Close-up look at online meeting on a laptop screen
HealthOctober 20, 2020

Civility on live-stream learning

By: Laura Logan, MSN, RN,CCRN
Are you struggling to maintain civility in your live stream learning sessions? See some of the tips below to help:
• Standard online etiquette requests
• Online-Bombing and what to do

It is best to start your Zoom learning session with a few ground rules/standards, so everyone knows what the expectations are.


Encourage your participants/students to keep their video on. Explain that this helps you assess their understanding of the material through facial expressions and changes. Explain you will not call these students out on your assessment, but that you will use the cues to use other examples to explain the point you are making or possibly think of a way to explain the material in another way.


Another standard request is to ask the students to keep their microphones on silent. This will decrease noise and interruptions. Explain question time will be offered at the end of the topic or ask the students to write the question in the chat section of Zoom. The instructor can check the chat area on the break. Remember, the administrator/instructor of the live session can control the microphones of all students, if needed.


What do you mean break? Yes… you and your students need a break. It is best to schedule a 10-minute break at least every hour. This gives everyone time to stretch, refresh and refocus. You, the instructor, need this too. I like to put on music during this time and then check the chat for questions, then refresh myself. When you come back to the live session, start by answering the questions and clarifying anything that may be a theme of confusion in the lesson.


If you encourage discussions, you need to explain the rules. One person can only talk at one time, so the students need to have their thoughts together to address the discussion. Explain that if there is disagreement with a thought that it is okay, however, the discussion needs to remain civil. Some thoughts on this are to encourage your students to actively listen to each other. When there is a disagreement, encourage the student to use “I statements” and encourage them to ask for clarification such as, “What I hear you saying is…” This will help guide the flow of the conversation between the students. Establish that, you, the instructor will interrupt the discussion if it becomes uncivil and guide the students back on track. Be careful with tone of voice when speaking to students on live stream. Be mindful that others in their vicinity could be listening to your comments and your content. Be careful to use correct verbiage when telling nursing stories that drive home the content.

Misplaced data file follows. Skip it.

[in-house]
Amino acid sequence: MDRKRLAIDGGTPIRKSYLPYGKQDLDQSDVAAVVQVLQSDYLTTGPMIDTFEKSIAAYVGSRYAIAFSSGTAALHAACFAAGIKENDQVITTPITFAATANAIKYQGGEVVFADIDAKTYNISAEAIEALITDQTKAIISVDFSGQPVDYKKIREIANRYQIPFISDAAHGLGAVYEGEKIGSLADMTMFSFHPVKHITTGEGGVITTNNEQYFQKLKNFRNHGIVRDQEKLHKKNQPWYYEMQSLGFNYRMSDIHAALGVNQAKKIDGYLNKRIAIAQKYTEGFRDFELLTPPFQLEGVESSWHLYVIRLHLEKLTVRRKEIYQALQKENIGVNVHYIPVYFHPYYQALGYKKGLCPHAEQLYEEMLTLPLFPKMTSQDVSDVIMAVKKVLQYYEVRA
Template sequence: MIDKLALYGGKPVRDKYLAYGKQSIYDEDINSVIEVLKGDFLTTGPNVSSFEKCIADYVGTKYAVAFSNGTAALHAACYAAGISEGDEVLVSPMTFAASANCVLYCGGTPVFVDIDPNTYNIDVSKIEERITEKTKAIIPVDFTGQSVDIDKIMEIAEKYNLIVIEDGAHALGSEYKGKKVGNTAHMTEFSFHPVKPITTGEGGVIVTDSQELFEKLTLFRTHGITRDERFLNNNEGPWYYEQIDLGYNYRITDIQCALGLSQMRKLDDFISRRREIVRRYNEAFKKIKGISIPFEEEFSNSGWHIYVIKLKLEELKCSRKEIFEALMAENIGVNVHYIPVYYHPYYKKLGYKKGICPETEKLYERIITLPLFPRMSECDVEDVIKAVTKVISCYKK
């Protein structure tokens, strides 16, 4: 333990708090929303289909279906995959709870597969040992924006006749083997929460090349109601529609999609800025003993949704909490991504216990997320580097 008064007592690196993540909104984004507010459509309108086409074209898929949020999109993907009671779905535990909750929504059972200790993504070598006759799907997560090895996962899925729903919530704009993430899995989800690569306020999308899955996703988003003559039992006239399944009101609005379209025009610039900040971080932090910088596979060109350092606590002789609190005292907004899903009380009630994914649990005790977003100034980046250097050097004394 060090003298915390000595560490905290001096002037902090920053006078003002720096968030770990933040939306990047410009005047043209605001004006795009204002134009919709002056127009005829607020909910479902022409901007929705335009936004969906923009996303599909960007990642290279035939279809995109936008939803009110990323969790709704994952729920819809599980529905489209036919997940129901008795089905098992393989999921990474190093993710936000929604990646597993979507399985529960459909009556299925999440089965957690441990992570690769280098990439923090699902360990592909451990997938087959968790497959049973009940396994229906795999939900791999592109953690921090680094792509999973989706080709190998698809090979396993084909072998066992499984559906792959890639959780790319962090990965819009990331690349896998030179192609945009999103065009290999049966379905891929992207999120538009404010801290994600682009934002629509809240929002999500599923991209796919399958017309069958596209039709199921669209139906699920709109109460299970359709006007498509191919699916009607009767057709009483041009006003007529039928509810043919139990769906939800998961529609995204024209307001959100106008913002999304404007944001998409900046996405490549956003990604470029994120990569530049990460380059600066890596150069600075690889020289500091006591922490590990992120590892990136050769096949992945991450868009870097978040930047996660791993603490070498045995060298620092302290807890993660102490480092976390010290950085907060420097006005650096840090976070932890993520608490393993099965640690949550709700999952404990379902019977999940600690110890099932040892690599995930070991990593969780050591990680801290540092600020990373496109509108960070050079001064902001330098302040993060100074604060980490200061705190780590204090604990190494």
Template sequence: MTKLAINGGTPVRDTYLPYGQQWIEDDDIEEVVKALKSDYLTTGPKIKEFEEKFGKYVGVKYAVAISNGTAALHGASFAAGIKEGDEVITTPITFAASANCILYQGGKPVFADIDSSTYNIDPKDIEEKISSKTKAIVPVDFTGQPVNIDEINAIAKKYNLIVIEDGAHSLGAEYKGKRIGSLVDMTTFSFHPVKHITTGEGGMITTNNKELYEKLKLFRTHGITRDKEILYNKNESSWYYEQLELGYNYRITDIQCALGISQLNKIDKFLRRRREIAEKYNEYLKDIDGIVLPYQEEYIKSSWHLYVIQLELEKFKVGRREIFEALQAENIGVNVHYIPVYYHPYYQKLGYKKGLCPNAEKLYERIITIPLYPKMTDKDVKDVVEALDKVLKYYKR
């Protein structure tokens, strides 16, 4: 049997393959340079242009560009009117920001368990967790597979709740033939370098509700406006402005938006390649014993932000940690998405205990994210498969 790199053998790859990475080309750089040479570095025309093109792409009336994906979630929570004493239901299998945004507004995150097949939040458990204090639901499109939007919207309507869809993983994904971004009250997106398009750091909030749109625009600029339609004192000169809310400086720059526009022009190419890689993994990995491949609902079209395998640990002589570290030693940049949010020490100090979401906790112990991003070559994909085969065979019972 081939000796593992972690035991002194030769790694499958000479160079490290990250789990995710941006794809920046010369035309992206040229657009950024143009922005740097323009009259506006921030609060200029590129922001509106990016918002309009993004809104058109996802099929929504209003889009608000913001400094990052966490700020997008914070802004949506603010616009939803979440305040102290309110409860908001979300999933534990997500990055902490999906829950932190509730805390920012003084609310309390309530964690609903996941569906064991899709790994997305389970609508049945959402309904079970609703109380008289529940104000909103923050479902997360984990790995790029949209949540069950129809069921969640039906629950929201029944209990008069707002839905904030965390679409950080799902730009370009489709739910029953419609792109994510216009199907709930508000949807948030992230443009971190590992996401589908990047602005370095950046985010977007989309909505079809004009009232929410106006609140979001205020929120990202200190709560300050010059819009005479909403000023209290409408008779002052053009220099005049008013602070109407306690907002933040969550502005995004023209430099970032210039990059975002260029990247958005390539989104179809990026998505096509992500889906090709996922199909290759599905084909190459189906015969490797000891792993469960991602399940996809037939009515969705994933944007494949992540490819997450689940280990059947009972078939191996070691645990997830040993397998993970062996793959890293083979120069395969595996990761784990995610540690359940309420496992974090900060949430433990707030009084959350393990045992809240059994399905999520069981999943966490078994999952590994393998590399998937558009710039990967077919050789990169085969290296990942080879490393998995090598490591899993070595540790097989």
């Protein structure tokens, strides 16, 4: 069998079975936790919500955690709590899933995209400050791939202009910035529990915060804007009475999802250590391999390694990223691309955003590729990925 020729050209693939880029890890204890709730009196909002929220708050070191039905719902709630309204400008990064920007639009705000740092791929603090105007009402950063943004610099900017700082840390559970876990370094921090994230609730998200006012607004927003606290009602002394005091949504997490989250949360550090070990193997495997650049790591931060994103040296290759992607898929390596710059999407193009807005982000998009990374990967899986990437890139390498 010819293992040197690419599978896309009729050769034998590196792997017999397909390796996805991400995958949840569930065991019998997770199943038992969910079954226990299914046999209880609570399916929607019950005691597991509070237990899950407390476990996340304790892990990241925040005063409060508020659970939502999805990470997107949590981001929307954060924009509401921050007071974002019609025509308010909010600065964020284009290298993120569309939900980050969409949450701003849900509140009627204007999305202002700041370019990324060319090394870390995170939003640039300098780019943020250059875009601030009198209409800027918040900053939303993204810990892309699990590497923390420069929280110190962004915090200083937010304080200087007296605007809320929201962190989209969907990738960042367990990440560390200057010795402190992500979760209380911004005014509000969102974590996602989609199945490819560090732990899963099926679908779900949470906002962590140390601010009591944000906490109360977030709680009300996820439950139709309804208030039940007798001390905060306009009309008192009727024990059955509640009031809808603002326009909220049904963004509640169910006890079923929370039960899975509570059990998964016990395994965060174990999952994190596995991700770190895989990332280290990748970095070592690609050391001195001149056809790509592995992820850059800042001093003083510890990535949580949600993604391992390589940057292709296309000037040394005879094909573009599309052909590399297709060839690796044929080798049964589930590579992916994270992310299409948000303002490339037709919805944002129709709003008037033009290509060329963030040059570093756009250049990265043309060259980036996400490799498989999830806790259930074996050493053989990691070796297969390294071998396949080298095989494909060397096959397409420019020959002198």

Online meeting bombing

What is it? What to do if it happens?

Online bombing is when a live stream session is hacked into with an inappropriate disruption. This can be in the form of a live or recorded video. It will most likely be offensive to many of the students and the instructor. The rule of thumb is that the administrator of the live stream session should shut down immediately. Make sure you explain this is what will occur, and the students will receive a new link for the live stream in at least 30 minutes. This gives everyone time to debrief and for the instructor, to report the problem. Hopefully, your school’s computer technology department has safeguards in place to avoid this from happening, however, the technology is ever-changing.


While teaching online has its challenges, we, as nursing faculty, can make it less stressful by having a plan. Just like the nursing process, we need to think of our online learning sessions as a plan to care for our students, the best and most prudent way. Incorporating these tips may ease the anxiety for the professor and the student.

Laura Logan, MSN, RN,CCRN
Expert Insights Contributor for Wolters Kluwer, Nursing Education
Lippincott® Nursing Education
Preparing today’s students to become tomorrow’s nurses
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